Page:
If someone isn’t very focused on the here and now or fails to comprehend the present situation, they may be told they have their head in the clouds.

That can’t be a good thing, right?

Welcome to “Mornings with Bishop Robert” and thanks for popping into my study this morning. My goal is to introduce people to the Jesus they never knew, and help them get to know Him and His word personally – and better ! If our time together today speaks to your heart, then let me invite you to like, subscribe and share it with a friend!

There are actually lots of idioms in the English language that relate to the head, not just “head in the clouds.” Someone may be said to have their head stuck up their own backside, with varying degrees of vulgarity. One might have lost their head, or got their head turned sideways. In all of these situations, a person might be encouraged to get their head in the game. Each of these has a common theme. The person with the issue is assumed to be oblivious of the gravity of the present situation.


Let’s see if we can connect the idiom and the scripture and learn a lesson that will help us keep our focus better.

Sometimes what we see around us won’t help us to stay on track and reach the destination we want. Or worse, the things we CAN see distract us from the things we ought to be focused on.

God gives us rest when we’re in life’s challenging situation by having us “keep our head in the clouds” where He is. From where He sits, He sees all. He knows precisely what we need to be focused upon, and is more than capable of providing us the specific direction we need. When we set our minds on things that are above, and not on things that are on earth, we gain His heavenly perspective. Then we can rest in Him, His provision, His direction.

A newly licensed pilot was flying his private plane and got caught in a cloud bank that had rolled in over the airport. He was not very experienced in instrument landings, and let the air traffic controller know. As the man in the control tower continued to talk him through his approach, the pilot began to get panicky and raised concerns about possible obstructions. Then a stern voice came over the radio, “You just obey the instructions, I’ll take care of the obstructions.”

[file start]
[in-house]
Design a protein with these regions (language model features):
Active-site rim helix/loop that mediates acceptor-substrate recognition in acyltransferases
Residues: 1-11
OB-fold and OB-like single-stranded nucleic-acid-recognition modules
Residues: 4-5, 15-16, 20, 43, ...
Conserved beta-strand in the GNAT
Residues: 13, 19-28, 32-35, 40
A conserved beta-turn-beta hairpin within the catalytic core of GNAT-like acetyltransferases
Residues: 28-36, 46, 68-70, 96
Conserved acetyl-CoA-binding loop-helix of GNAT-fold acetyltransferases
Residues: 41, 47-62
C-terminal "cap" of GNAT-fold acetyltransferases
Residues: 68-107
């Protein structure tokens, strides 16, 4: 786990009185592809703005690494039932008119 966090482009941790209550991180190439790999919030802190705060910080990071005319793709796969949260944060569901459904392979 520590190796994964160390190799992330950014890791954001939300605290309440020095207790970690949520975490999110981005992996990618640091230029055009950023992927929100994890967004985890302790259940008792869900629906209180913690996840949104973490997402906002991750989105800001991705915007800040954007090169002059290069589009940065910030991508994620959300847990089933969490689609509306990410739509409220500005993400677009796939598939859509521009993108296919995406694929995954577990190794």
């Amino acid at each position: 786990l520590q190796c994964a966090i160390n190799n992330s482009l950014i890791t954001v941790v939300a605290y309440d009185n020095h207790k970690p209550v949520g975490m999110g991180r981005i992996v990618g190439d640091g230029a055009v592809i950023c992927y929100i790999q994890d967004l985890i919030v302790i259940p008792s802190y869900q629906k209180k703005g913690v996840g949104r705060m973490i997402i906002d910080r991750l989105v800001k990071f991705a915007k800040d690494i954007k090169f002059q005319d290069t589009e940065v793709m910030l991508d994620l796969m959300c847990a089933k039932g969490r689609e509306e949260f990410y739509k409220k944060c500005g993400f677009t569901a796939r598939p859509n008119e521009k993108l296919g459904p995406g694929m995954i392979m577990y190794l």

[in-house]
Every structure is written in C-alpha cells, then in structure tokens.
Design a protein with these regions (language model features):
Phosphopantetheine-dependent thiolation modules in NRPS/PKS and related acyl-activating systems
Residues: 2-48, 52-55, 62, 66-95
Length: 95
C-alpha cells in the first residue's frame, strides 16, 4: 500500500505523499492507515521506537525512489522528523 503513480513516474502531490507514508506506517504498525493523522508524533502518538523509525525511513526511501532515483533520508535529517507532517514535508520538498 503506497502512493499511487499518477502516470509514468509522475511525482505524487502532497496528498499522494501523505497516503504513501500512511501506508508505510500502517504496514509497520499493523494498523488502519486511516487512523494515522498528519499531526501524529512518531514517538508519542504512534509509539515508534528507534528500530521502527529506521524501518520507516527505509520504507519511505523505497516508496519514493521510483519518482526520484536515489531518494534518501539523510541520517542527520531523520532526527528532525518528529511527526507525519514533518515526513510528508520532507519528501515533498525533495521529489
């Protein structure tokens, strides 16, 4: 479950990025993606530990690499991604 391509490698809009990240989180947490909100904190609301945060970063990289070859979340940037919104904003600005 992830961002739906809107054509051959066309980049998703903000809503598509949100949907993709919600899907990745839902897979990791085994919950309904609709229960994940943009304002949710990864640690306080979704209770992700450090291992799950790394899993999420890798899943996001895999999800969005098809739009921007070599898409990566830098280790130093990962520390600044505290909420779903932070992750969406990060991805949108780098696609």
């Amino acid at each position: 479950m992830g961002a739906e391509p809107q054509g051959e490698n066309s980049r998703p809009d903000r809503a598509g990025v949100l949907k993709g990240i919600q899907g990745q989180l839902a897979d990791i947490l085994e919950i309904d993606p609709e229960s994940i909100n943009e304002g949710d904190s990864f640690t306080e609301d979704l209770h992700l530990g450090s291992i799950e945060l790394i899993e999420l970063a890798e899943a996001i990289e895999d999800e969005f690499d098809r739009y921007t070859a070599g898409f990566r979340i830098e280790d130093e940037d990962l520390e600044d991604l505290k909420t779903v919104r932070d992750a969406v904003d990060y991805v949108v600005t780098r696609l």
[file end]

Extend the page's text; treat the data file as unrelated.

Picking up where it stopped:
If you have been raised with Christ, you’re connected to Him. You and I have access to the things that are above, where Christ is, seated at the right hand of God. He’s like a skilled controller sitting in an air traffic control tower of an airport. He’s in a position to see things from a perspective we do not have. We are like the pilot, and the bible is like the instruments in our aircraft; the key to keeping us on track. When the world around us gets foggy with problems that are beyond us, we need to rely on our instruments to keep the plane level and flying in the proper direction. Christ speaks to us through His Holy Spirit, the calm voice of the experienced and expert controller.

Pilots learn that spatial disorientation is when your body is telling you one thing and your flight instruments and aircraft are telling you something totally different. One of the toughest things about learning to fly is learning to trust your instruments – especially when you disagree with what they are telling you. It’s far too easy for pilots to believe what their senses are telling them, and they have to be trained to make their decisions based upon the instruments and not their feelings. Doing that is how pilots survive life-threatening situations.


We can rest in Him and trust His word. When we do, though the situations we struggle with may contain their own sorrow, we will have the joy of knowing He has led us through. He will fill us with His joy, and with it comes His peace and strength.

As for me, I intend to keep my head in the clouds. I can see more clearly from there. Care to join me?

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